Commentaries . . . . . . . . . . . . . . . . . . . . . . . . . . . . . . . . . . . . . . . . . . . . . . . . . . . . . . . . .19

In the News . . . . . . . . . . . . . . . . . . . . . . . . . . . . . . . . . . . . . . . . . . . . . . . . . . . . . . . . . . .23

A First-Hand Account of Japan's Nuclear CrisisKatsumi Furitsu . . . . . . . . . . . . . . . . . . . . . . . . . . . . . . . . . . . . . . . . . . . . . . . . . . . . . . . . .28

Young doctors speak out on the Fukushima disaster . . . . . . . . . . . . . . . . . . . . . . . .40

Japans Nuclear NightmareRonald McCoy . . . . . . . . . . . . . . . . . . . . . . . . . . . . . . . . . . . . . . . . . . . . . . . . . . . . . . . . . .41

A terribly difficult situation with a lot of uncertainties:PSR Press Conference . . . . . . . . . . . . . . . . . . . . . . . . . . . . . . . . . . . . . . . . . . . . . . . . . . .46

What may we learn from Fukushima?Frank Boulton . . . . . . . . . . . . . . . . . . . . . . . . . . . . . . . . . . . . . . . . . . . . . . . . . . . . . . . . . .57

Radiation in medicine and in nuclear power plants: the same but very differentAndreas Nidecker . . . . . . . . . . . . . . . . . . . . . . . . . . . . . . . . . . . . . . . . . . . . . . . . . . . . . . .61

Children, Teens and the Japan DisasterHarry Wang . . . . . . . . . . . . . . . . . . . . . . . . . . . . . . . . . . . . . . . . . . . . . . . . . . . . . . . . . . . .63

The Fukushima Nuclear Disaster

Medicine & Global Survival June 2011 2

On March 11, 2011, a massive earth-quake and tsunami caused extensiveand irreparable damage to the nuclearreactors and spent fuel pools at the

Fukushima Nuclear Power Plant in Japan,releasing harmful radiation into the environ-ment. Since then, our physician experts havebriefed government officials, medical profes-sionals, and journalists in numerous countriesabout the impact of these radiation releases onpublic health in Japan and elsewhere.

IPPNWs first concern has been for thepeople of northeastern Japan, whose healthand security have been seriously compro-mised by a misguided national reliance onnuclear-generated electricity. In the days fol-lowing the disaster, IPPNW called for anexpansion of the evacuation zone aroundFukushima to protect the health of childrenand pregnant women, who are particularlyvulnerable to the effects of radiation. Thatevacuation zone, comparable to the one thathas surrounded the Chernobyl reactor since1986, had been extended to 12 miles by midApril 2011.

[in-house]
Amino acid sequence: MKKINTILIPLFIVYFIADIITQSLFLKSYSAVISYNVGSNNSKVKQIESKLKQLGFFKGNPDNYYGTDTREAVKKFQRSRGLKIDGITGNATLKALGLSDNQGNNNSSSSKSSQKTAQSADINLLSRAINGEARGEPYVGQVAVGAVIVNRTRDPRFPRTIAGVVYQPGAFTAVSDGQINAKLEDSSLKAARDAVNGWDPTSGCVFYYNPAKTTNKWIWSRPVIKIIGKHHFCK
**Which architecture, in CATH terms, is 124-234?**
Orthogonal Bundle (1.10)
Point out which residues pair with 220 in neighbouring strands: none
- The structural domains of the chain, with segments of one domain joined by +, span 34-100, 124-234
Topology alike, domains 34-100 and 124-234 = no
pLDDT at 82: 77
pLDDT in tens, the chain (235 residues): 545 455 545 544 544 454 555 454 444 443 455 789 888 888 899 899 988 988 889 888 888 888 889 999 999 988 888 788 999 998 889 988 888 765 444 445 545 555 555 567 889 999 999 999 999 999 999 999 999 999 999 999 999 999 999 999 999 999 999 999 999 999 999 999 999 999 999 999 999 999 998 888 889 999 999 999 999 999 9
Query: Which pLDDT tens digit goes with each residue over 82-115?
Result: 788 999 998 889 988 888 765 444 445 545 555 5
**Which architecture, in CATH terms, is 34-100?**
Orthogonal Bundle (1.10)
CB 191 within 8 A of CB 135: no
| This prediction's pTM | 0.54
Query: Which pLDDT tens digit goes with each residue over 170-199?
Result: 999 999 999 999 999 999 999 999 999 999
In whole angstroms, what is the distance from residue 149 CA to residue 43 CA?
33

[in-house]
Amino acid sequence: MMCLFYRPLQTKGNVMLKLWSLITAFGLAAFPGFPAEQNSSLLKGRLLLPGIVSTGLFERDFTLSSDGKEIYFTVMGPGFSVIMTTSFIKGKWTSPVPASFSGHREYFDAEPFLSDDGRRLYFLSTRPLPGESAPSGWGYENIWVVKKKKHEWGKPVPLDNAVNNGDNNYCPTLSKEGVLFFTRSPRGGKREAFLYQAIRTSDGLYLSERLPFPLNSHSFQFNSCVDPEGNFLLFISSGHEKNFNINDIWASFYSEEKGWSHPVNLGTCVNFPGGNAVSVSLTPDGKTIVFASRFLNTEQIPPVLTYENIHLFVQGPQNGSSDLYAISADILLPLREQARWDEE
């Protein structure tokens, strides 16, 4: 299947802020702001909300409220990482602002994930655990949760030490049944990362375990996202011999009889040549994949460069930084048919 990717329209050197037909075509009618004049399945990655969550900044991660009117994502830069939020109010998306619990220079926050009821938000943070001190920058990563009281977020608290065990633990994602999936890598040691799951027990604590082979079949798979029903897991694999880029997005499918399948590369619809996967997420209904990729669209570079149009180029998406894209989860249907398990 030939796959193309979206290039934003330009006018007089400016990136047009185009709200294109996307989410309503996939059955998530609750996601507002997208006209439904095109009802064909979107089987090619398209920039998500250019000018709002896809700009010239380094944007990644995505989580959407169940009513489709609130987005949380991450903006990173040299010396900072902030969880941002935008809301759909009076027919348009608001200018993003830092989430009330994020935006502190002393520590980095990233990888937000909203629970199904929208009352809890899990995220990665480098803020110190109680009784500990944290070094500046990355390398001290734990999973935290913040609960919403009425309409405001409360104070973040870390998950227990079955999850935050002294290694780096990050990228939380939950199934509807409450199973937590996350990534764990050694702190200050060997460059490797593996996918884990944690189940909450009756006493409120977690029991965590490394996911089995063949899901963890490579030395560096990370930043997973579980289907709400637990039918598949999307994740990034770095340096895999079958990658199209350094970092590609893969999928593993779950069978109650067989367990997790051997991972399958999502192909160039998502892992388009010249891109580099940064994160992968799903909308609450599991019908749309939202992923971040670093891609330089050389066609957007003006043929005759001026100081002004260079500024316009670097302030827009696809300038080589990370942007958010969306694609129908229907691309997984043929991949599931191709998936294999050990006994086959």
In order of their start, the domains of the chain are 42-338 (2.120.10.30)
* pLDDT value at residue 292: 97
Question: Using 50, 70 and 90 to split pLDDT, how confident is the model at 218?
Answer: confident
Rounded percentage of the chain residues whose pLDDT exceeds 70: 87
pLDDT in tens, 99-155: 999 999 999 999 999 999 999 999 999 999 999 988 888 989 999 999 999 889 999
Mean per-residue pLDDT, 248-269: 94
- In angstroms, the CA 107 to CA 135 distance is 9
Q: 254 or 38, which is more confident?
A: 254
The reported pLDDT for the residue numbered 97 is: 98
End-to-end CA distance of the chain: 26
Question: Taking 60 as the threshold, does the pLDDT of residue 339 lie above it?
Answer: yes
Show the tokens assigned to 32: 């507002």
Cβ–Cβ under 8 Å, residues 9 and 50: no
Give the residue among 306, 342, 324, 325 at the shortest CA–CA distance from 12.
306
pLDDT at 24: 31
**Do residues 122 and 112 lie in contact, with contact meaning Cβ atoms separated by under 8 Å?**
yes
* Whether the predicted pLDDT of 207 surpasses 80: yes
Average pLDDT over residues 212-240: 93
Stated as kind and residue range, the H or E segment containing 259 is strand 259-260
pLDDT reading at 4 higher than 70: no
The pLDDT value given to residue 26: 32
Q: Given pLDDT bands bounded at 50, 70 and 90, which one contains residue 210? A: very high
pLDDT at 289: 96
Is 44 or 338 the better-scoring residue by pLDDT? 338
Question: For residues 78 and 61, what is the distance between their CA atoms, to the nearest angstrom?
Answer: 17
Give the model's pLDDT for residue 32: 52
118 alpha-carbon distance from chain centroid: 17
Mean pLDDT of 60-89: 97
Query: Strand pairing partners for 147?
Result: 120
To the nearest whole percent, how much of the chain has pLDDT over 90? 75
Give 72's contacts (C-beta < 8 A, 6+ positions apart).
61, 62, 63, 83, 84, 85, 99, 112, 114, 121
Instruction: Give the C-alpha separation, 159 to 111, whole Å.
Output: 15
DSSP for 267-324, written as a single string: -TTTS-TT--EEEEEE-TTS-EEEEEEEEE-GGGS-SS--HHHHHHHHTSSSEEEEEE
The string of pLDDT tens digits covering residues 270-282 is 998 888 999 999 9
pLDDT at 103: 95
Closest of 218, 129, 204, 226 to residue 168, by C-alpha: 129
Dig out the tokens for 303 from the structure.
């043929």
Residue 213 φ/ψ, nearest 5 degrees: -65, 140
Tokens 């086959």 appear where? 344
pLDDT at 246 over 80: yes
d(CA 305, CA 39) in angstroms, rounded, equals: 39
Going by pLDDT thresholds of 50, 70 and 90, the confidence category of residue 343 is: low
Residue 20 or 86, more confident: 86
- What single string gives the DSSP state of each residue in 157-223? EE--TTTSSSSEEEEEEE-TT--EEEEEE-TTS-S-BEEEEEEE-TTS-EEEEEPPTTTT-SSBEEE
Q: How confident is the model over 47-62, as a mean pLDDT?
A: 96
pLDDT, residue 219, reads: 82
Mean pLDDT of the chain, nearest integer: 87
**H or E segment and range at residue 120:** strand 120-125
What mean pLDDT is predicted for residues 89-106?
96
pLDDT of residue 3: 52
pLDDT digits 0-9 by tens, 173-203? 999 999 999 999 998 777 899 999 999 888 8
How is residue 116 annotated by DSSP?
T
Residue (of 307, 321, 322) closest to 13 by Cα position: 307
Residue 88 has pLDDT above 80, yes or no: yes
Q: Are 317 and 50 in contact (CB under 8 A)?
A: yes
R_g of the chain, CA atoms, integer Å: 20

IPPNW has been formally opposed tonuclear energy since 1998, when ourInternational Council called for a halt to newplant construction and the phase out of exist-ing nuclear plants because of the insur-mountable dangers nuclear energy poses tohealth, the environment, and security.

First and foremost, we know that thereis an inherent link between nuclear powerand nuclear weapons. Every commercialreactor produces plutonium and other fissilematerials that can be used in weapons pro-grams. The biggest practical obstacle to theabolition of nuclear weapons is the prolifera-tion of nuclear power plants around theworldthe so-called nuclear renaissancepromoted by the industry and its govern-ment proponents.

The nuclear reactors and spent fuelpools at Fukushima and at similar nuclear

power stations in the US and in other coun-tries contain thousands of times the amountsof radioactive isotopes released by theHiroshima and Nagasaki bombs. Isotopesthat have been steadily and increasinglyentering the air, soil, and water around theplant include iodine-131, which causes thy-roid cancer; cesium-137, which causes cancerin the liver and kidneys; strontium-90, whichcauses leukemia; and plutonium-239, whichhas a half-life of 24,000 years and causes lungcancer when ingested in microscopicamounts.

The International Atomic EnergyAgency and the World Health Organizationhave estimated that there were 6,000 to 9,000

INTRODUCTION

Rescue workers monitor children for increased radiation exposureafter the Fukushima nuclear disaster. Reuters photo.

Medicine & Global Survival June 2011 3

new cases of cancerprimarily thyroid can-cers and leukemias among childrenas aresult of the 1986 Chernobyl explosion inRussia, but there is good reason to believethat the true numbers are much, much high-er. While it is now impossible to reconstructan accurate data set of exposures and illness-es related to Chernobyl, independent expertshave concluded that the IAEA/WHO dataitself supports an estimate as high as 25,000additional cancer deaths, and that the realnumber of deaths and illnesses is substantial-ly higherinto the tens or even hundreds ofthousands according to an assessment pub-lished by IPPNW-Germany in April 2011.

In addition to the immediate and longterm health dangers from ra